Monday, September 29, 2014

September in a Nutshell

What is the EV-D68 Virus?

By Squiggy the Squirrel

You may have seen on the news or heard on the radio lately about the respiratory virus that has been spreading across our country. Enterovirus D68, also known as EV-D68, is a rare but not a new virus. It was first identified in California in the 1960s but there have been fewer than 100 reported cases since that time, until recently. 

From mid-August to mid-September, over 150 people from 40 states, including DC, Maryland, and Virginia, were confirmed to have respiratory illness caused by EV-D68. It's expected that more states will have confirmed cases in the upcoming weeks.

EV-D68 spreads from person-to-person when an infected person coughs, sneezes, or touches contaminated surfaces. The virus causes mild to severe respiratory illness. Initial symptoms are similar to those for the common cold: runny nose, sore throat, cough, and fever. As it progresses, symptoms that are more serious may occur, including difficulty breathing, dehydration, and potentially respiratory failure. Infants, children, and teenagers are most likely to become ill from the virus. Many of the children affected so far had asthma or a history of wheezing.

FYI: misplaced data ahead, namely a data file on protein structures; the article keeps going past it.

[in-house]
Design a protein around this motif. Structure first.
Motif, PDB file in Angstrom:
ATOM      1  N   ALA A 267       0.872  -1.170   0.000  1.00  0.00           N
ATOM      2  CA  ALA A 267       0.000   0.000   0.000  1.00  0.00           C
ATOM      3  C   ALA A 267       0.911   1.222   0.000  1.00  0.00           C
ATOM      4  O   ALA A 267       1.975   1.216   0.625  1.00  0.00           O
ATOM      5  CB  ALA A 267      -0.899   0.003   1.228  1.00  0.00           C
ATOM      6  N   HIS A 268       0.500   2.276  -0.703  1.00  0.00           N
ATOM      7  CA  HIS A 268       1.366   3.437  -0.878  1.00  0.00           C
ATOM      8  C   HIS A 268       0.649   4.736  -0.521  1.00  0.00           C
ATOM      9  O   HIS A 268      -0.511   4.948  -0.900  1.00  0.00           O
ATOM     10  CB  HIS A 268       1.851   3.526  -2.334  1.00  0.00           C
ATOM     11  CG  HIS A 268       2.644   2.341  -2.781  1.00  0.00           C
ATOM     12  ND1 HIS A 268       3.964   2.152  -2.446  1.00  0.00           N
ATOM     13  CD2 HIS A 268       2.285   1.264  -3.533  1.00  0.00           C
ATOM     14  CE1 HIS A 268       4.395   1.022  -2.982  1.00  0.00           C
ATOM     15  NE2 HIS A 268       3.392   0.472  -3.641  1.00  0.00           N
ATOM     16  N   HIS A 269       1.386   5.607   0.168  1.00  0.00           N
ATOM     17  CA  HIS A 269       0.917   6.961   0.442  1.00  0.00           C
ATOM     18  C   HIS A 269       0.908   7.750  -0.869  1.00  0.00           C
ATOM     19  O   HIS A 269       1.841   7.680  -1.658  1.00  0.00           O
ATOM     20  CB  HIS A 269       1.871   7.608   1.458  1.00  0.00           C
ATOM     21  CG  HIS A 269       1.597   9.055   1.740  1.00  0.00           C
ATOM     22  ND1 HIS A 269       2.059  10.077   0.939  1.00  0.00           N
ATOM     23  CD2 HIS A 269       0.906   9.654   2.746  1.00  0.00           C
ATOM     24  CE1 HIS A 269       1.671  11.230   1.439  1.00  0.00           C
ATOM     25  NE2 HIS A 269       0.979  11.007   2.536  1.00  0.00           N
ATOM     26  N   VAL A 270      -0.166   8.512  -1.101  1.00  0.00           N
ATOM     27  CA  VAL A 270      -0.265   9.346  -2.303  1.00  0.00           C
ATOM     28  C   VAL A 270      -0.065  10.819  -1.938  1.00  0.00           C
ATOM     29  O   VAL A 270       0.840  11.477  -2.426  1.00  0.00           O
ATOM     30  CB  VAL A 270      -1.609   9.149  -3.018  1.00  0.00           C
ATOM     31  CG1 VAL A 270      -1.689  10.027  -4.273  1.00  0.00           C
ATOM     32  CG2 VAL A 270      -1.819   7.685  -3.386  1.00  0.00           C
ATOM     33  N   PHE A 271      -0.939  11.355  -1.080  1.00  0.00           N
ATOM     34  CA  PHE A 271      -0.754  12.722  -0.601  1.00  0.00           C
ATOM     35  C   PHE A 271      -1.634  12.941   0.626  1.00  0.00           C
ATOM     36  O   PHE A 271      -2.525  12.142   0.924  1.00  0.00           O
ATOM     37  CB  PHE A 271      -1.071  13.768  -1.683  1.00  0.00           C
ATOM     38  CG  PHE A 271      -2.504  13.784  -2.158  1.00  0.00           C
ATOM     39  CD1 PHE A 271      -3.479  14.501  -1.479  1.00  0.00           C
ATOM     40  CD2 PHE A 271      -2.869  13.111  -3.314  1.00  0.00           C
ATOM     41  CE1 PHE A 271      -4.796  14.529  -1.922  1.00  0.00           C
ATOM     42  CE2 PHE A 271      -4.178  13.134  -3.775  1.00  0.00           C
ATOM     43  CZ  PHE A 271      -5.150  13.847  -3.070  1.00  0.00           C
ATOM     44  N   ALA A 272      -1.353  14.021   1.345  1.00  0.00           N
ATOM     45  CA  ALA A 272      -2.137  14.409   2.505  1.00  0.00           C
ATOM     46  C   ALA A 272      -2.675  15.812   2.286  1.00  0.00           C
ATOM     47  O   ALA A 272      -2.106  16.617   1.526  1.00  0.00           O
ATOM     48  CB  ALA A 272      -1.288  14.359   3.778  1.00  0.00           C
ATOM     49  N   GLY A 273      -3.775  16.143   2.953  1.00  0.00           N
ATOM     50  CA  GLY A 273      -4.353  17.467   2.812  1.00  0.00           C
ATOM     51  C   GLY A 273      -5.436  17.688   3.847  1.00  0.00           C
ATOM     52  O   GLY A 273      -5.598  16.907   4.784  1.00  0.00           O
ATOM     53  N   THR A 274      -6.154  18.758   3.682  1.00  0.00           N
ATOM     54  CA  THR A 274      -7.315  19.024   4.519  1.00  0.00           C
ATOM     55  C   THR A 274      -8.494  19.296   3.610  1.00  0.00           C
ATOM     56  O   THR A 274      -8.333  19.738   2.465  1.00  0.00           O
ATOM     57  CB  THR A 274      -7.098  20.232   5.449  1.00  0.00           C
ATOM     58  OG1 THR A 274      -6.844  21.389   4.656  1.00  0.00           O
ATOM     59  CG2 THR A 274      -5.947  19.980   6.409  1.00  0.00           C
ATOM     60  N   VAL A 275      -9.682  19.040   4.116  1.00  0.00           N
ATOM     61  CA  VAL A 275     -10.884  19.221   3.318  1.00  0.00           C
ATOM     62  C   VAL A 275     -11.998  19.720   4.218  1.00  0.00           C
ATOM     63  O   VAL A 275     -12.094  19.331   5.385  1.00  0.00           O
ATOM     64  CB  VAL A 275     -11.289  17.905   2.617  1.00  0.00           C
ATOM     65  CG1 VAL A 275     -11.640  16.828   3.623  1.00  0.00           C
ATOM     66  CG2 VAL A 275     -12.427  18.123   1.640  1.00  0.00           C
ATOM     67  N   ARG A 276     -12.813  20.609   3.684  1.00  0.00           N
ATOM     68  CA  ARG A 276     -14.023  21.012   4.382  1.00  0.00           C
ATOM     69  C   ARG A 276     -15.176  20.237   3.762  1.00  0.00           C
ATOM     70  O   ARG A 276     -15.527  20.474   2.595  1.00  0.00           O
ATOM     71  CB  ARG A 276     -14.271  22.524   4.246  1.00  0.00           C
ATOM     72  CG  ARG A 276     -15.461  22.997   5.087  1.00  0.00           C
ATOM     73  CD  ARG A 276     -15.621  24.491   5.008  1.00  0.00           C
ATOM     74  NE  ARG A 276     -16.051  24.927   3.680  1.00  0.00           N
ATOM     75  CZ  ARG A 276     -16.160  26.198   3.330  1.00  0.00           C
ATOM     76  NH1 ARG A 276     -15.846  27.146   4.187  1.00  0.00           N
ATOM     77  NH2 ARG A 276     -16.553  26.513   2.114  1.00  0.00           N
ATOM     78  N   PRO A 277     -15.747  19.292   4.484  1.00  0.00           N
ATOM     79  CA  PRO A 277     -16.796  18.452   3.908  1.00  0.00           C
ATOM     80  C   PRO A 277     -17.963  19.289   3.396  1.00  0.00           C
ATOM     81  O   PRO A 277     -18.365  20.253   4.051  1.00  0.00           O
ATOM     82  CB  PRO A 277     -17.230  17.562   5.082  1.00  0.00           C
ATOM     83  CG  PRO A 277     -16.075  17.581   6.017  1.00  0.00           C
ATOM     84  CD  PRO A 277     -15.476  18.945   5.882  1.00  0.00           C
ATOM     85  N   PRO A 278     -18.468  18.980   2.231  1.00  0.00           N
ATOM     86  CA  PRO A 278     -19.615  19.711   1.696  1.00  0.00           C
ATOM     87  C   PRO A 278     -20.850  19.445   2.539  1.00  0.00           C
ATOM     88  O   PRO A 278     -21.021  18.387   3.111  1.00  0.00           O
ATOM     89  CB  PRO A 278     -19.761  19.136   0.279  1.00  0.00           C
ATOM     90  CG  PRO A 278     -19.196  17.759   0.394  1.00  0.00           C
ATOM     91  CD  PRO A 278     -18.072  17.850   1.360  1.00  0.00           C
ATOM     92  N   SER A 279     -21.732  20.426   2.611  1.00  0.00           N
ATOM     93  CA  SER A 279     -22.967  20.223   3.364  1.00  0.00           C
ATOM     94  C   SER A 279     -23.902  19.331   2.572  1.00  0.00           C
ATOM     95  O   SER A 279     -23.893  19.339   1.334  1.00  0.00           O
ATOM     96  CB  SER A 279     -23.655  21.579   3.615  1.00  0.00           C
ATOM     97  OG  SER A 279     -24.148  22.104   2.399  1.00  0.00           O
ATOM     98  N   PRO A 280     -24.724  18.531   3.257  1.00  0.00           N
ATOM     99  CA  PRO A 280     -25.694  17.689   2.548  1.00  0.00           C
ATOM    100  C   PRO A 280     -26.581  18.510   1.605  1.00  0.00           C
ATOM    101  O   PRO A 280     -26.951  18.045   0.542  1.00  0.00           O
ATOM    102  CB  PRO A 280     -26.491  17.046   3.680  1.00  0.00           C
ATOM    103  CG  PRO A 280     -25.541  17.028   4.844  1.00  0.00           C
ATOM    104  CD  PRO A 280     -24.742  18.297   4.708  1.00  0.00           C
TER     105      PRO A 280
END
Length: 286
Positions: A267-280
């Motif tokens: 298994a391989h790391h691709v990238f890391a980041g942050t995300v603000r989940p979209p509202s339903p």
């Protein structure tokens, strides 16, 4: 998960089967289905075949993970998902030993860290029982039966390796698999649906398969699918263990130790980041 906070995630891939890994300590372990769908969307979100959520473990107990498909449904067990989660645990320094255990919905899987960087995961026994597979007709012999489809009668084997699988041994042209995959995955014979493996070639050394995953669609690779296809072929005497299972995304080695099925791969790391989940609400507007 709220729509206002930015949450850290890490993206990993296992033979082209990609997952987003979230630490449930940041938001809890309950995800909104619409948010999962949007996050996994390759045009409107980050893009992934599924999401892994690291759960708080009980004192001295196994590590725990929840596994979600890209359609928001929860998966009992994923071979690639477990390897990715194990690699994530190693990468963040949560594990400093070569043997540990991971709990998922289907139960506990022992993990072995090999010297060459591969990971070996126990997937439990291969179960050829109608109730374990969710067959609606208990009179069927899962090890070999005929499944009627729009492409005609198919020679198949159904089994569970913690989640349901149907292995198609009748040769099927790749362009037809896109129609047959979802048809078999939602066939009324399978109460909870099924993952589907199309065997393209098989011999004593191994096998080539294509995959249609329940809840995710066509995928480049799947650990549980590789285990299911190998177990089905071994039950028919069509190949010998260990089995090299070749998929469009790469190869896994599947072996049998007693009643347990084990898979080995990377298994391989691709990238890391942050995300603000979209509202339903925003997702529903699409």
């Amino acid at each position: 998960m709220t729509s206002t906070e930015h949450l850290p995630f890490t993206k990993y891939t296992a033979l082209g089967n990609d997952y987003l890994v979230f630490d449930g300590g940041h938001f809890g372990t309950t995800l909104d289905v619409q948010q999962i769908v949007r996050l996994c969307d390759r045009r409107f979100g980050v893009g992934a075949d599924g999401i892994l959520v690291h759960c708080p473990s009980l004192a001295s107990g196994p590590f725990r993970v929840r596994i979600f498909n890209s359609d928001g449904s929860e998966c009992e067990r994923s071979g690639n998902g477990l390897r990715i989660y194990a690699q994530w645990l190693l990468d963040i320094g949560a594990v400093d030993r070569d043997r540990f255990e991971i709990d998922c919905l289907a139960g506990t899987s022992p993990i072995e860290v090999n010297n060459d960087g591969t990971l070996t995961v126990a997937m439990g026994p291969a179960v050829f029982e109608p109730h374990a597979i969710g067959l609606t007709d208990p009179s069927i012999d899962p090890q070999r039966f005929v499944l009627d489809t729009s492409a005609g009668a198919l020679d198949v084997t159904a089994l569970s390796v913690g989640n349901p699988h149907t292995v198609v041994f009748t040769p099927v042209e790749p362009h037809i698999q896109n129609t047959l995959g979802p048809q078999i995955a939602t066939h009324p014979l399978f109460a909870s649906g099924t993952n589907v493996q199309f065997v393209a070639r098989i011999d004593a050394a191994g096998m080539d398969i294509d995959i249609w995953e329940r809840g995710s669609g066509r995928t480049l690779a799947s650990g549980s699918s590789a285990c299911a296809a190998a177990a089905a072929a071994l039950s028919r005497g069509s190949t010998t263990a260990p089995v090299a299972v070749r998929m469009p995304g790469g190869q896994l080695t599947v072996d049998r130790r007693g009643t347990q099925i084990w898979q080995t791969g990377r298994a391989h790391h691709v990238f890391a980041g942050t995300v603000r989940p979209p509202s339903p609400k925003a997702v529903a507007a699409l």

There's no specific treatment for EV-D68 and no vaccine, so the illness has to run its course. Most people recover completely and few need to be hospitalized.

What Should You Do?

Below are some tips to help prevent the spread of EV-D68:

  • Wash your hands frequently
  • Carry hand sanitizer with you; use it especially when on public transportation, in large groups, or public places
  • Use tissues
  • Avoid touching your eyes, nose, and mouth with unclean hands
  • Buy sanitizing wipes to frequently clean cell phones, computers, and toys
  • Avoid contact with people who are sick
  • If you're sick, stay home from work or school
  • Get your flu vaccine. While flu vaccinations don't prevent EV-D68, flu season is just around the corner and now's a good time to get your annual shot!
  • Take a course. The Red Cross Online Family First Aid and Pediatric CPR course includes lessons on how to respond to respiratory and cardiac emergencies. Go to for more information.

Share these tips with family and friends so we can all work together to prevent the spread of this virus! It's National Preparedness Month, after all - so let's prepare!


No comments:

Post a Comment